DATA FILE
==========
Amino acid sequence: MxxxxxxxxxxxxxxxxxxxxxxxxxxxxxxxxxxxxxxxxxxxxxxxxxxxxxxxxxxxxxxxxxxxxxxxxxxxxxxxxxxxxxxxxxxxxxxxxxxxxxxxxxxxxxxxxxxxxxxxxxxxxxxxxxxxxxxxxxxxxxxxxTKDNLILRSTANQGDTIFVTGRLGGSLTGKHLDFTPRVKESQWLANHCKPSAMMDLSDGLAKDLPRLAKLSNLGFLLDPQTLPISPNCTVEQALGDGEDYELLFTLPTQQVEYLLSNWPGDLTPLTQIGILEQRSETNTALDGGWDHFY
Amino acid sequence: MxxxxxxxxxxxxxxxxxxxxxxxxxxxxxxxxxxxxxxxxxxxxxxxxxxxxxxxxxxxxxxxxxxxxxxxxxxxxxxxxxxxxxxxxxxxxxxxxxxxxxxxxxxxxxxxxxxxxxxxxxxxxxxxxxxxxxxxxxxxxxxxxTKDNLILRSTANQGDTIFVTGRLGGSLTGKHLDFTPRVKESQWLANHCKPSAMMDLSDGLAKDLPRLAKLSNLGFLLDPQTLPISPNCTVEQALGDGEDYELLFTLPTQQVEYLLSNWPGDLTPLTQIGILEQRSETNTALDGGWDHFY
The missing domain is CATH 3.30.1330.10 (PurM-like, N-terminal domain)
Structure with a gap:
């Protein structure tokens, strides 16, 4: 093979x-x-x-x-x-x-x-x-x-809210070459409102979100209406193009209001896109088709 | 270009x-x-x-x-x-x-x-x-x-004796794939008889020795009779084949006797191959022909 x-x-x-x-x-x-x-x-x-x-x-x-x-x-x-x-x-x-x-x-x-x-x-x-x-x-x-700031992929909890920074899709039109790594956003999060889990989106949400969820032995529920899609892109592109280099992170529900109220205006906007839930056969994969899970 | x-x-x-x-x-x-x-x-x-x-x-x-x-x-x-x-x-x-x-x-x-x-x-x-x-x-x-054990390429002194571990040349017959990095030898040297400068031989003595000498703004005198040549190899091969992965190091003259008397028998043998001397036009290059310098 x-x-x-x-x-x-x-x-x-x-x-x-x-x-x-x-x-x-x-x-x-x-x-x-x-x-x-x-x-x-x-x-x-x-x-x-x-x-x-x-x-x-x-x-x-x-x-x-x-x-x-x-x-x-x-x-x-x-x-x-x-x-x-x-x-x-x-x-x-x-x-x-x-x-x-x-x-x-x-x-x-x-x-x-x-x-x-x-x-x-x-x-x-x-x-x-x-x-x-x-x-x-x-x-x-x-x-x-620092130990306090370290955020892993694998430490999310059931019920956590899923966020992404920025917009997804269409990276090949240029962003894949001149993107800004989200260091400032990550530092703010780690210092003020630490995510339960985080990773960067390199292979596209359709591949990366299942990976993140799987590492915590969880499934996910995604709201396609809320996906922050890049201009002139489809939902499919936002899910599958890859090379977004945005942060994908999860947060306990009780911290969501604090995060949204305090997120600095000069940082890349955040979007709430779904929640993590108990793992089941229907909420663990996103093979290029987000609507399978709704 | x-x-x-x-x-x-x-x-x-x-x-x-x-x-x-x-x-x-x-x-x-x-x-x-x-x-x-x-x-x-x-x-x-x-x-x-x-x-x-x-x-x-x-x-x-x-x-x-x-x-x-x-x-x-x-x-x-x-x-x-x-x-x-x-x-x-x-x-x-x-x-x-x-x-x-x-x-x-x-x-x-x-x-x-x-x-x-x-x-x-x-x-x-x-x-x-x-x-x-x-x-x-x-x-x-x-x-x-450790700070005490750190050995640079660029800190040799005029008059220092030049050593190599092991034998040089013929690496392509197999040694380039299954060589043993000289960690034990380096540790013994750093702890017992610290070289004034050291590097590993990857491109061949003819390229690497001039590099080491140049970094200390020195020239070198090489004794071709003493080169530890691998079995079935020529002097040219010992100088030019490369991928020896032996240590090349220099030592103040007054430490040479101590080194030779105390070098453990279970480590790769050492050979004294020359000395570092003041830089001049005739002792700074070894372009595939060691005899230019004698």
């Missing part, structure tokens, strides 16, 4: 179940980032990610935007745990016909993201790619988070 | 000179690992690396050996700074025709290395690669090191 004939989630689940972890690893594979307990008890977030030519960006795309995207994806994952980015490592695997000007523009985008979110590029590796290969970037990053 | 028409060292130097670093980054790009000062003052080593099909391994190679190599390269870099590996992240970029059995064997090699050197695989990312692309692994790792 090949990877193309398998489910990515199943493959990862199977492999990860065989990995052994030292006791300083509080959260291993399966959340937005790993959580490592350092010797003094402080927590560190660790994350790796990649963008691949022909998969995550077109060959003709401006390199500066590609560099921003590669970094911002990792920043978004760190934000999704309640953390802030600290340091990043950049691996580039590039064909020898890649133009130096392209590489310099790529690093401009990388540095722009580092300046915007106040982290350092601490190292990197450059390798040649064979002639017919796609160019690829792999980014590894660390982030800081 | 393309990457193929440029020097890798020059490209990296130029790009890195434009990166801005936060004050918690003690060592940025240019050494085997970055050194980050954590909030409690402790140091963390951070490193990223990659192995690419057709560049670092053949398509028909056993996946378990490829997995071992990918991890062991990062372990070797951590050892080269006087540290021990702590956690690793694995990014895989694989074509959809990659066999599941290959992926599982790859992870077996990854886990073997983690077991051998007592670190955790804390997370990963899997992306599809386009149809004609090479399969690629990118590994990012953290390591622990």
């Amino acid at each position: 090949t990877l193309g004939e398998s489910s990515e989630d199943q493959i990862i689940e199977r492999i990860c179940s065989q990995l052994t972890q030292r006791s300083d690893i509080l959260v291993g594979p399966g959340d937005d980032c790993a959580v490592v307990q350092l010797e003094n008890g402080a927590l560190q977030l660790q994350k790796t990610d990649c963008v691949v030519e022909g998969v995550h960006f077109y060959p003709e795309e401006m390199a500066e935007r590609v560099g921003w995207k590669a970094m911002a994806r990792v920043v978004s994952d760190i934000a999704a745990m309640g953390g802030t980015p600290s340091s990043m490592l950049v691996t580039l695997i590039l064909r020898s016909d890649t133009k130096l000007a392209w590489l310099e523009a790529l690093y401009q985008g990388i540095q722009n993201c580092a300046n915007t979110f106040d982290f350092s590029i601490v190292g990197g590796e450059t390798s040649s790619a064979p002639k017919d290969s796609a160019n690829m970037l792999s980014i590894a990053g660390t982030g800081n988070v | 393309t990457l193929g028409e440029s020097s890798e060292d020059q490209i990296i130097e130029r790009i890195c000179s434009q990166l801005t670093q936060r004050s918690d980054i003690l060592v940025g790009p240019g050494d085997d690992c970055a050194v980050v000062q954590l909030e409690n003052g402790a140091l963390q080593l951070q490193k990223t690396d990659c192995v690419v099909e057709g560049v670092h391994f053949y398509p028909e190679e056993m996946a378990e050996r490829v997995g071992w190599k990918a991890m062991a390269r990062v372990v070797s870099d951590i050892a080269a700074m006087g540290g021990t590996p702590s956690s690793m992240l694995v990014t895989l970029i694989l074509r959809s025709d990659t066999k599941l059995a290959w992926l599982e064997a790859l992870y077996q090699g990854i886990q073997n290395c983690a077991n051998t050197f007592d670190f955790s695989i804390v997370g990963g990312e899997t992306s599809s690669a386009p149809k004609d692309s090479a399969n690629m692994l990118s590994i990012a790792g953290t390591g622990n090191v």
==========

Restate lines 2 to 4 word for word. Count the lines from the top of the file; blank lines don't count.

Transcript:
Amino acid sequence: MxxxxxxxxxxxxxxxxxxxxxxxxxxxxxxxxxxxxxxxxxxxxxxxxxxxxxxxxxxxxxxxxxxxxxxxxxxxxxxxxxxxxxxxxxxxxxxxxxxxxxxxxxxxxxxxxxxxxxxxxxxxxxxxxxxxxxxxxxxxxxxxxTKDNLILRSTANQGDTIFVTGRLGGSLTGKHLDFTPRVKESQWLANHCKPSAMMDLSDGLAKDLPRLAKLSNLGFLLDPQTLPISPNCTVEQALGDGEDYELLFTLPTQQVEYLLSNWPGDLTPLTQIGILEQRSETNTALDGGWDHFY
The missing domain is CATH 3.30.1330.10 (PurM-like, N-terminal domain)
Structure with a gap: